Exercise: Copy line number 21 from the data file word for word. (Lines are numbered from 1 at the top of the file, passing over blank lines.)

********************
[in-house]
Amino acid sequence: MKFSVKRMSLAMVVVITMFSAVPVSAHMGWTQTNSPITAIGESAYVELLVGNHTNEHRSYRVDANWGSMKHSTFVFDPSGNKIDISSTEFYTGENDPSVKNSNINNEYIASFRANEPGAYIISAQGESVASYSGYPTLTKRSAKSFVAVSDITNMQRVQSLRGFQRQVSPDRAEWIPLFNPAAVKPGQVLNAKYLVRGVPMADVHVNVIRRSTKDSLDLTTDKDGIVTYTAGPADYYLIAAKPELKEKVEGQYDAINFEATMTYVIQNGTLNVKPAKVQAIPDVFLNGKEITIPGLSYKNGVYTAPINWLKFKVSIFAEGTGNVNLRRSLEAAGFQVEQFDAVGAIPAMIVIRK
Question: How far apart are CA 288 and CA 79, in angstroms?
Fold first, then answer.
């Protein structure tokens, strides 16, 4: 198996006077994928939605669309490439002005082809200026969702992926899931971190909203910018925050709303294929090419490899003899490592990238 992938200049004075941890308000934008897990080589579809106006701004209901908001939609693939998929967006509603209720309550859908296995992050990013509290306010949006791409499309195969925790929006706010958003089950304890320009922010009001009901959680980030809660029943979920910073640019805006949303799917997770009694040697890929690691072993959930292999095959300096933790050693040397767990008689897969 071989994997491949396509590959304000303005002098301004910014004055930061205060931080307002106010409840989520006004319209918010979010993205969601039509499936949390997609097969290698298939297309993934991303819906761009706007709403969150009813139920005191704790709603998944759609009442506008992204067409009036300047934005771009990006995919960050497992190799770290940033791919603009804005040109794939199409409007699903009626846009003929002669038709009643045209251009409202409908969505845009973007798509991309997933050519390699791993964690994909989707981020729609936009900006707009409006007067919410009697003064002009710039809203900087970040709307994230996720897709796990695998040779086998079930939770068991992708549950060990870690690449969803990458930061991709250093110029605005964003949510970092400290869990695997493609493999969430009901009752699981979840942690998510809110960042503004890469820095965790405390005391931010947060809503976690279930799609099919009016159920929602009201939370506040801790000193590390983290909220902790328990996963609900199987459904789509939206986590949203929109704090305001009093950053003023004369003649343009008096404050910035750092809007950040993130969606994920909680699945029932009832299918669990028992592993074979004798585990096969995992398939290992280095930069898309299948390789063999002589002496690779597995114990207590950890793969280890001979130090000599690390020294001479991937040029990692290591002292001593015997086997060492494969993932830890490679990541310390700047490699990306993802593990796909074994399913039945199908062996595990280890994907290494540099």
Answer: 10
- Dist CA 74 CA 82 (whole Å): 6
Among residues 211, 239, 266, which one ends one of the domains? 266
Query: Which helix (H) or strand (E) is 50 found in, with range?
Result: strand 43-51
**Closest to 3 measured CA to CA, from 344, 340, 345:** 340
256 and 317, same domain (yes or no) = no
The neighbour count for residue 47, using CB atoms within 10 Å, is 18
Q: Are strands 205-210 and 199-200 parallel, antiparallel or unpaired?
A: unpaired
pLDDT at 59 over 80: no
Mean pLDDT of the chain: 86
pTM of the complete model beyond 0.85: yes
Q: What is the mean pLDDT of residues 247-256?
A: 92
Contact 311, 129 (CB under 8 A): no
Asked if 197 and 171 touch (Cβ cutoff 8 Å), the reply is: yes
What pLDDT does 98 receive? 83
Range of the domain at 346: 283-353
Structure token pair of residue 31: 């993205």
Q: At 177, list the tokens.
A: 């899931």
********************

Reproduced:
Contact 311, 129 (CB under 8 A): no